In the end, after much arm-twisting, DAA chief Declan Collier finally did the decent thing and agreed to waive his "performance" bonus of €106,000 for 2010.
Unfortunately, by the time Collier woke up to the reality of the situation, enormous damage had been done both to the company and its relationship with its shareholder, the Government. The whole affair raises more questions than it answers. When did Transport Minister Leo Varadkar first become aware that the DAA board was planning to cock a snook at the Government and pay Collier his bonus?
Was this a case of open defiance by the company's board, or did the minister only wake up to the implications of what was happening very late in the day?
If the DAA board did attempt to defy the minister after being clearly warned that any move to pay Collier a bonus would represent a breach of Government policy, then Varadkar's threat not to reappoint those members of the DAA's board whose terms of office expire later this year was a hopelessly inadequate reaction to the situation. After all, most of the outgoing directors won't be reappointed anyway, as the Government takes the opportunity to replace them with its own cronies. Instead Mr Varadkar should have threatened to fire all of the board, and worry about the legal consequences later.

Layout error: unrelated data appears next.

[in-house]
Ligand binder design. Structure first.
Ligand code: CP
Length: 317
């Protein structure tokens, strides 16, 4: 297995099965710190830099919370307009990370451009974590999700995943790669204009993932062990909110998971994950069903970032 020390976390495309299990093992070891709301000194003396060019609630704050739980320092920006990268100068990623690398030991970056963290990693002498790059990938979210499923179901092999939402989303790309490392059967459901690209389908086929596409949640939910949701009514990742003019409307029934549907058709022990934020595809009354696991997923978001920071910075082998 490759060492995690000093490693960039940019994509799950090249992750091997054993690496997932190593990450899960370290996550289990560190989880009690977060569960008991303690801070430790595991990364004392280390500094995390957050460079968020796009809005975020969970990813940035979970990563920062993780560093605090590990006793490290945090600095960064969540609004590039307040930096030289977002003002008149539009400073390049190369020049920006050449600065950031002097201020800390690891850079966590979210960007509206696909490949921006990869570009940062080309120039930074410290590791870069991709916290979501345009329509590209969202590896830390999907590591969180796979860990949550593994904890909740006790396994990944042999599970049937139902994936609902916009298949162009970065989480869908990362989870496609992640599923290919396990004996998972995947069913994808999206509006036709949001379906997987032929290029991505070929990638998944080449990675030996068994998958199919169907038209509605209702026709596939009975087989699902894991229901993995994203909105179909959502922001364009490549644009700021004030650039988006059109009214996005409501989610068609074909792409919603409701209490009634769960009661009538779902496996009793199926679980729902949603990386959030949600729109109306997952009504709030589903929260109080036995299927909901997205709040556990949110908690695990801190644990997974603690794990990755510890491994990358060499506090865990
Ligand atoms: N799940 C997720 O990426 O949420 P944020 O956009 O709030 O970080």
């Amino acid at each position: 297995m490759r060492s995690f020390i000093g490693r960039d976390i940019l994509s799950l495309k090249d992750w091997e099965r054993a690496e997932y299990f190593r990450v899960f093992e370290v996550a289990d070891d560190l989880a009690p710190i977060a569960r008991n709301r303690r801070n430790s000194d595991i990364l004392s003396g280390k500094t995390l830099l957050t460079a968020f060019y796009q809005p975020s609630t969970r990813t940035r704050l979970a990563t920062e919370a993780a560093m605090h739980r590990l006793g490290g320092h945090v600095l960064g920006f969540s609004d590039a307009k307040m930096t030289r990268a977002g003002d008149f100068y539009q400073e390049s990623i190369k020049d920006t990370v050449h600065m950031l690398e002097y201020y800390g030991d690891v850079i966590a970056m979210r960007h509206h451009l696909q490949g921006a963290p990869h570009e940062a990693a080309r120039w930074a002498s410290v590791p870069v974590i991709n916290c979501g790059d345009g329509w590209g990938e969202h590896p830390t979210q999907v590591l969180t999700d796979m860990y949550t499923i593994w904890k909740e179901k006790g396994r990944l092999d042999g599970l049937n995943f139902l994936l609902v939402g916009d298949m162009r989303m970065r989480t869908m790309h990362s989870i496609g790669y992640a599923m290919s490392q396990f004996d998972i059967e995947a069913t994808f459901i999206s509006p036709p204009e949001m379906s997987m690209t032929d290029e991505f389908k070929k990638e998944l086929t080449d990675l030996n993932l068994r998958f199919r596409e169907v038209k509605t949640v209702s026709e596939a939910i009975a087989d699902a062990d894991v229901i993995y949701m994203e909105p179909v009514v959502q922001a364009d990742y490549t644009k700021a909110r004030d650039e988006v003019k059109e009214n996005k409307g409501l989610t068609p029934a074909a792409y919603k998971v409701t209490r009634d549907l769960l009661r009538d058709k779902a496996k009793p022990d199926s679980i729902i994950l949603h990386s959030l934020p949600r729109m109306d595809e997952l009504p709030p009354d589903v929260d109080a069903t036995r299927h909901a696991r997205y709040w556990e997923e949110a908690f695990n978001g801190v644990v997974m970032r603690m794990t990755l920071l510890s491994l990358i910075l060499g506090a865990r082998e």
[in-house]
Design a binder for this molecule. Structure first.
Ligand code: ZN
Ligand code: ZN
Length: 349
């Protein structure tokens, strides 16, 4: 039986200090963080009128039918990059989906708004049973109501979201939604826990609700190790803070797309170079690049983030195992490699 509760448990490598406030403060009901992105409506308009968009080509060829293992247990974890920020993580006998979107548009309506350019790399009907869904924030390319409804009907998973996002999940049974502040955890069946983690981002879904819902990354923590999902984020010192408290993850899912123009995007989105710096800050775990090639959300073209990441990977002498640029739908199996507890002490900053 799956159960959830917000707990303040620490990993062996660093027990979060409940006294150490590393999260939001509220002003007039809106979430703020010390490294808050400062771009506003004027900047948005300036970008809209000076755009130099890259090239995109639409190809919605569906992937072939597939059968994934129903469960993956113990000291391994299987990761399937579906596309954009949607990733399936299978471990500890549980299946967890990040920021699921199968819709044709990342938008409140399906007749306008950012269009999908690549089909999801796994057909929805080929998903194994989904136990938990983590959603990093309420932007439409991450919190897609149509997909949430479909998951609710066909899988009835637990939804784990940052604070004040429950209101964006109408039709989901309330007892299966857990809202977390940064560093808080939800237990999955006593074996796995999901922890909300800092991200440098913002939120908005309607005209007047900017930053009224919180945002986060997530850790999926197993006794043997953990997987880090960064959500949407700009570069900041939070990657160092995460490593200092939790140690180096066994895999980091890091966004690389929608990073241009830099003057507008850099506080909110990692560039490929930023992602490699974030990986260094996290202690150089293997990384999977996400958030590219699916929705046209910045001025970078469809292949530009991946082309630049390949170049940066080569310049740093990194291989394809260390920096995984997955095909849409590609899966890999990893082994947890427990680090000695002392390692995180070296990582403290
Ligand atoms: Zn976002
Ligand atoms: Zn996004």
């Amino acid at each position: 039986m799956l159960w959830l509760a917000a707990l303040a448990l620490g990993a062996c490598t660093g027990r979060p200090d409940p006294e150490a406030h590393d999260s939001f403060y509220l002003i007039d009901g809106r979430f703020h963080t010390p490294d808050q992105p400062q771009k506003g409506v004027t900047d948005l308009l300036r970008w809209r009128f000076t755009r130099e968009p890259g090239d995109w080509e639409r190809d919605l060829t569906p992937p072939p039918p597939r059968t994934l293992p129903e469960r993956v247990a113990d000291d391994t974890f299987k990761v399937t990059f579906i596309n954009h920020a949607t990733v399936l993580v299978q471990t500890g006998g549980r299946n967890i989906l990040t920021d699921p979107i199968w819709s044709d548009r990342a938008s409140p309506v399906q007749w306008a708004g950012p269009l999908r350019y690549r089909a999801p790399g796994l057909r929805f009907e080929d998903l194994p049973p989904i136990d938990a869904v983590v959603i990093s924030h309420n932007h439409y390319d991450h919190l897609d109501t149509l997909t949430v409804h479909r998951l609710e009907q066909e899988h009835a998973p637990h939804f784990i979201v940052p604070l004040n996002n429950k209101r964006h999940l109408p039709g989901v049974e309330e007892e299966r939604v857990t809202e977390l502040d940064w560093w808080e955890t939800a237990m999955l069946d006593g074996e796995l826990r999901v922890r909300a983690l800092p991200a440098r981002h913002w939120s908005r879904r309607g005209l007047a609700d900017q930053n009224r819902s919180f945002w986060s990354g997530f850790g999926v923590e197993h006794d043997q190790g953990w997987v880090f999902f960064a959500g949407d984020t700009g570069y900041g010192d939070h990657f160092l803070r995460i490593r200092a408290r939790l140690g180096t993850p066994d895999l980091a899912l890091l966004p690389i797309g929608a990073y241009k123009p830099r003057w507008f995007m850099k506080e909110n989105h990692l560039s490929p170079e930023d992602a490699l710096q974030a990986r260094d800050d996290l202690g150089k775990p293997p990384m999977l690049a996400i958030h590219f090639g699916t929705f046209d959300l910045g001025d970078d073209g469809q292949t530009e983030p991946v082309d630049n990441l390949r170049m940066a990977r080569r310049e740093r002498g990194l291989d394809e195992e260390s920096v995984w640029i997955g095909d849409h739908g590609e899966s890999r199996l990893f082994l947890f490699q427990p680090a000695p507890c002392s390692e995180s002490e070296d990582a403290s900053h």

However, if it transpires Mr Varadkar had been made aware of the facts by the DAA, but only realised the likely implications later on, then one has to ask whether the minister was fully on top of his brief. If the DAA board had told the minister then, not to put too fine a point on it, was Mr Varadkar asleep at the switch?